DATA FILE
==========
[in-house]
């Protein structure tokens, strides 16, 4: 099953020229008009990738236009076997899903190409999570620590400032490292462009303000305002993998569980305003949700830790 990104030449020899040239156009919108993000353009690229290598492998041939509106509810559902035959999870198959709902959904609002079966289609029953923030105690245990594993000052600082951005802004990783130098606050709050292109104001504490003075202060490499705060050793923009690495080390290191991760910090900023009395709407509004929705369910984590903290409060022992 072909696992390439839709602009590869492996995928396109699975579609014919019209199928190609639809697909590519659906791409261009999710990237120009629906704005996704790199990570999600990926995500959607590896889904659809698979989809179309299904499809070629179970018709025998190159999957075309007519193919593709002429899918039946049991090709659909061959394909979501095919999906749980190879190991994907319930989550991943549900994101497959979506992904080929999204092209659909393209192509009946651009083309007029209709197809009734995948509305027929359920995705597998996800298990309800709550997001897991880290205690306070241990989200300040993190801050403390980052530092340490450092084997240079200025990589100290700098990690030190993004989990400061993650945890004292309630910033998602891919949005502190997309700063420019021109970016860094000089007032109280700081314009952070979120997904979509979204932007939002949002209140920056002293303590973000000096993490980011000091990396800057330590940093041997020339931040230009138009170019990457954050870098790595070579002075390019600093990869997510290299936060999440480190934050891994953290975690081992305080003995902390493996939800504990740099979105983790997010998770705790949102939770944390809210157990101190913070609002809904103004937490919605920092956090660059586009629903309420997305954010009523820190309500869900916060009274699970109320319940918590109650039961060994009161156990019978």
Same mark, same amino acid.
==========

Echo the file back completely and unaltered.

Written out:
[in-house]
């Protein structure tokens, strides 16, 4: 099953020229008009990738236009076997899903190409999570620590400032490292462009303000305002993998569980305003949700830790 990104030449020899040239156009919108993000353009690229290598492998041939509106509810559902035959999870198959709902959904609002079966289609029953923030105690245990594993000052600082951005802004990783130098606050709050292109104001504490003075202060490499705060050793923009690495080390290191991760910090900023009395709407509004929705369910984590903290409060022992 072909696992390439839709602009590869492996995928396109699975579609014919019209199928190609639809697909590519659906791409261009999710990237120009629906704005996704790199990570999600990926995500959607590896889904659809698979989809179309299904499809070629179970018709025998190159999957075309007519193919593709002429899918039946049991090709659909061959394909979501095919999906749980190879190991994907319930989550991943549900994101497959979506992904080929999204092209659909393209192509009946651009083309007029209709197809009734995948509305027929359920995705597998996800298990309800709550997001897991880290205690306070241990989200300040993190801050403390980052530092340490450092084997240079200025990589100290700098990690030190993004989990400061993650945890004292309630910033998602891919949005502190997309700063420019021109970016860094000089007032109280700081314009952070979120997904979509979204932007939002949002209140920056002293303590973000000096993490980011000091990396800057330590940093041997020339931040230009138009170019990457954050870098790595070579002075390019600093990869997510290299936060999440480190934050891994953290975690081992305080003995902390493996939800504990740099979105983790997010998770705790949102939770944390809210157990101190913070609002809904103004937490919605920092956090660059586009629903309420997305954010009523820190309500869900916060009274699970109320319940918590109650039961060994009161156990019978």
Same mark, same amino acid.